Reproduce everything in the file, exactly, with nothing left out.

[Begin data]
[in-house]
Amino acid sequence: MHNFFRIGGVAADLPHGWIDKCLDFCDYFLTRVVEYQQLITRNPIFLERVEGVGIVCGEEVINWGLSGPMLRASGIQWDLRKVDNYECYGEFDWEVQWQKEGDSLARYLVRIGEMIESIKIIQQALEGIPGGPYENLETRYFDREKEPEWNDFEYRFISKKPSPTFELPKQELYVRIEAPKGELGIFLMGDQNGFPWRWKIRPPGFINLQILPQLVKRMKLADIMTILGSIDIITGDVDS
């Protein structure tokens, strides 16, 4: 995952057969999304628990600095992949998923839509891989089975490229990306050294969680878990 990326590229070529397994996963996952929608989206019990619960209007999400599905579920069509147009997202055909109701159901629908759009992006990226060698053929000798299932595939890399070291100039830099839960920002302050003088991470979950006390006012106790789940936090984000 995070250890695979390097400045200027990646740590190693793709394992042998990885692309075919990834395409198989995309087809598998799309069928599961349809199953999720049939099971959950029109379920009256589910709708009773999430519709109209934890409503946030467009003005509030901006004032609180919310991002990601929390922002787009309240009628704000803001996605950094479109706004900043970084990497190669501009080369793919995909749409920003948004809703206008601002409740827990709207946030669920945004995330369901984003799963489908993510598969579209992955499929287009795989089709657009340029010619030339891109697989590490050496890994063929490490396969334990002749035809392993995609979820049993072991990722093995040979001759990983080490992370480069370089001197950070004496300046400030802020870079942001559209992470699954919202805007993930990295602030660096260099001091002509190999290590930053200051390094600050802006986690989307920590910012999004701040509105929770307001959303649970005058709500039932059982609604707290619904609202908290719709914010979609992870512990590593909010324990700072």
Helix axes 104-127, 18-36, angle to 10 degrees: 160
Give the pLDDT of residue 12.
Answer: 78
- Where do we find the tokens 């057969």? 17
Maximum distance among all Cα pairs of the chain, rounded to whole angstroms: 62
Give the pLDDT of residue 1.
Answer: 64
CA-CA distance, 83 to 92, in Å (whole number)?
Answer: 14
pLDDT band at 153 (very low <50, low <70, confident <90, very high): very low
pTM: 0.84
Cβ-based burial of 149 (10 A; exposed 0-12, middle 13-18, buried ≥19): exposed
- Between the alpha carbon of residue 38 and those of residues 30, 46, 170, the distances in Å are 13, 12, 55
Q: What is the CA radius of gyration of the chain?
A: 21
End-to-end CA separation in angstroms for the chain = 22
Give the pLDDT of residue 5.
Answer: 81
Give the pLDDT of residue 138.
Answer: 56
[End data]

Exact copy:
[in-house]
Amino acid sequence: MHNFFRIGGVAADLPHGWIDKCLDFCDYFLTRVVEYQQLITRNPIFLERVEGVGIVCGEEVINWGLSGPMLRASGIQWDLRKVDNYECYGEFDWEVQWQKEGDSLARYLVRIGEMIESIKIIQQALEGIPGGPYENLETRYFDREKEPEWNDFEYRFISKKPSPTFELPKQELYVRIEAPKGELGIFLMGDQNGFPWRWKIRPPGFINLQILPQLVKRMKLADIMTILGSIDIITGDVDS
């Protein structure tokens, strides 16, 4: 995952057969999304628990600095992949998923839509891989089975490229990306050294969680878990 990326590229070529397994996963996952929608989206019990619960209007999400599905579920069509147009997202055909109701159901629908759009992006990226060698053929000798299932595939890399070291100039830099839960920002302050003088991470979950006390006012106790789940936090984000 995070250890695979390097400045200027990646740590190693793709394992042998990885692309075919990834395409198989995309087809598998799309069928599961349809199953999720049939099971959950029109379920009256589910709708009773999430519709109209934890409503946030467009003005509030901006004032609180919310991002990601929390922002787009309240009628704000803001996605950094479109706004900043970084990497190669501009080369793919995909749409920003948004809703206008601002409740827990709207946030669920945004995330369901984003799963489908993510598969579209992955499929287009795989089709657009340029010619030339891109697989590490050496890994063929490490396969334990002749035809392993995609979820049993072991990722093995040979001759990983080490992370480069370089001197950070004496300046400030802020870079942001559209992470699954919202805007993930990295602030660096260099001091002509190999290590930053200051390094600050802006986690989307920590910012999004701040509105929770307001959303649970005058709500039932059982609604707290619904609202908290719709914010979609992870512990590593909010324990700072």
Helix axes 104-127, 18-36, angle to 10 degrees: 160
Give the pLDDT of residue 12.
Answer: 78
- Where do we find the tokens 């057969």? 17
Maximum distance among all Cα pairs of the chain, rounded to whole angstroms: 62
Give the pLDDT of residue 1.
Answer: 64
CA-CA distance, 83 to 92, in Å (whole number)?
Answer: 14
pLDDT band at 153 (very low <50, low <70, confident <90, very high): very low
pTM: 0.84
Cβ-based burial of 149 (10 A; exposed 0-12, middle 13-18, buried ≥19): exposed
- Between the alpha carbon of residue 38 and those of residues 30, 46, 170, the distances in Å are 13, 12, 55
Q: What is the CA radius of gyration of the chain?
A: 21
End-to-end CA separation in angstroms for the chain = 22
Give the pLDDT of residue 5.
Answer: 81
Give the pLDDT of residue 138.
Answer: 56